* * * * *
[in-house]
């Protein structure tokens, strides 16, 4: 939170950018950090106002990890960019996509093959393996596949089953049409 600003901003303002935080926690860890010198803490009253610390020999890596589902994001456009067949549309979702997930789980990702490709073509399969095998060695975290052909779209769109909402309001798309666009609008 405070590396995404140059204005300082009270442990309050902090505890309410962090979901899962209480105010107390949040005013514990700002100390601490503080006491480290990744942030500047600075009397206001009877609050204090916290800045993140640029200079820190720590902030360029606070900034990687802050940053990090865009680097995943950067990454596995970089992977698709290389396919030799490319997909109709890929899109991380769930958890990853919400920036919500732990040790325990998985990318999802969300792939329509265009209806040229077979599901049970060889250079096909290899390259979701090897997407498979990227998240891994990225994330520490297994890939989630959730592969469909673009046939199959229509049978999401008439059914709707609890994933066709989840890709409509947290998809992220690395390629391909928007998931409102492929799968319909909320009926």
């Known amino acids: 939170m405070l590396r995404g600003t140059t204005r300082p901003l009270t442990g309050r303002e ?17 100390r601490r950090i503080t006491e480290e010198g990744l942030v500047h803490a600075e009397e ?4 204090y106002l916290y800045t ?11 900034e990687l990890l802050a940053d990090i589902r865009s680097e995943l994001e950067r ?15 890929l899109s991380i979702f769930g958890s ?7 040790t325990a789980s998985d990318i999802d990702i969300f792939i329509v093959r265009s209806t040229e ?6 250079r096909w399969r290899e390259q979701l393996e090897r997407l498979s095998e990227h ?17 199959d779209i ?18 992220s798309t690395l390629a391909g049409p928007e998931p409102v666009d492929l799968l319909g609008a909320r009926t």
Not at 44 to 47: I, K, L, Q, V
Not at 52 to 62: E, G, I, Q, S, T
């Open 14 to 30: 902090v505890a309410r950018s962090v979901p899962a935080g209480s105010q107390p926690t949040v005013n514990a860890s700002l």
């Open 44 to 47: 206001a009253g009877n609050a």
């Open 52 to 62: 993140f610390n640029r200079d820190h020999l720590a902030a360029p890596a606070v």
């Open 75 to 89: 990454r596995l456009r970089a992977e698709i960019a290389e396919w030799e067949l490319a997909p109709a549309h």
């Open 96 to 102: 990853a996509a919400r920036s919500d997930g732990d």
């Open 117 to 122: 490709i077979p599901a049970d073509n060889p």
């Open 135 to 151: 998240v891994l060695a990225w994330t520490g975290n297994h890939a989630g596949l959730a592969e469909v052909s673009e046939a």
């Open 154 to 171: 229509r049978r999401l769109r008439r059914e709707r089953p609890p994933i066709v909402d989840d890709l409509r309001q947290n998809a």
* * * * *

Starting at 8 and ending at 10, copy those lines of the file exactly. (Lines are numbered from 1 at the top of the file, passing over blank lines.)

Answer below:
């Open 52 to 62: 993140f610390n640029r200079d820190h020999l720590a902030a360029p890596a606070v």
């Open 75 to 89: 990454r596995l456009r970089a992977e698709i960019a290389e396919w030799e067949l490319a997909p109709a549309h």
């Open 96 to 102: 990853a996509a919400r920036s919500d997930g732990d």